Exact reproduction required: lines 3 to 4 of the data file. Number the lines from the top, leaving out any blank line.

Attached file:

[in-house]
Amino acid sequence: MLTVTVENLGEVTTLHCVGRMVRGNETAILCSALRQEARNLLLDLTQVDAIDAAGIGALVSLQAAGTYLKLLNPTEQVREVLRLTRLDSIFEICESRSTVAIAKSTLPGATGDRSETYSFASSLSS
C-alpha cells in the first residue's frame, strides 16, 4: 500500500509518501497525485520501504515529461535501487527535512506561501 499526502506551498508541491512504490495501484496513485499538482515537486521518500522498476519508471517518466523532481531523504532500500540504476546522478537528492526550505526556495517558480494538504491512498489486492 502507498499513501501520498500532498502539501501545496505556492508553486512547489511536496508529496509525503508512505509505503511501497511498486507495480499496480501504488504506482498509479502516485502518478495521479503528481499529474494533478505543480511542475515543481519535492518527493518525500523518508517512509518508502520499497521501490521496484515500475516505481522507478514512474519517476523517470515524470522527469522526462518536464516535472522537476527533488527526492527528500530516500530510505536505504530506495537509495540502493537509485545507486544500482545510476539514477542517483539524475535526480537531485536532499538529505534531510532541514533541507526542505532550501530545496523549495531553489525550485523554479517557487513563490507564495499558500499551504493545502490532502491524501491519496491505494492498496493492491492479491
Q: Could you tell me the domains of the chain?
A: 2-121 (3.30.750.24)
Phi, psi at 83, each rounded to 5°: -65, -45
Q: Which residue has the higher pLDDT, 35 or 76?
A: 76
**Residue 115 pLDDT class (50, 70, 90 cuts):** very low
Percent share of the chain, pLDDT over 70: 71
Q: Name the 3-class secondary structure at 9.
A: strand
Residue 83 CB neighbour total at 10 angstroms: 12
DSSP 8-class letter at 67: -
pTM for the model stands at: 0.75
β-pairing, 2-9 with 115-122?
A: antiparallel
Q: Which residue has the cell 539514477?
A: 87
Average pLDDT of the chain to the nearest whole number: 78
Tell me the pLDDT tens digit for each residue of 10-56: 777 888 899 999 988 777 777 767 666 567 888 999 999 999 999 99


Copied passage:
C-alpha cells in the first residue's frame, strides 16, 4: 500500500509518501497525485520501504515529461535501487527535512506561501 499526502506551498508541491512504490495501484496513485499538482515537486521518500522498476519508471517518466523532481531523504532500500540504476546522478537528492526550505526556495517558480494538504491512498489486492 502507498499513501501520498500532498502539501501545496505556492508553486512547489511536496508529496509525503508512505509505503511501497511498486507495480499496480501504488504506482498509479502516485502518478495521479503528481499529474494533478505543480511542475515543481519535492518527493518525500523518508517512509518508502520499497521501490521496484515500475516505481522507478514512474519517476523517470515524470522527469522526462518536464516535472522537476527533488527526492527528500530516500530510505536505504530506495537509495540502493537509485545507486544500482545510476539514477542517483539524475535526480537531485536532499538529505534531510532541514533541507526542505532550501530545496523549495531553489525550485523554479517557487513563490507564495499558500499551504493545502490532502491524501491519496491505494492498496493492491492479491
Q: Could you tell me the domains of the chain?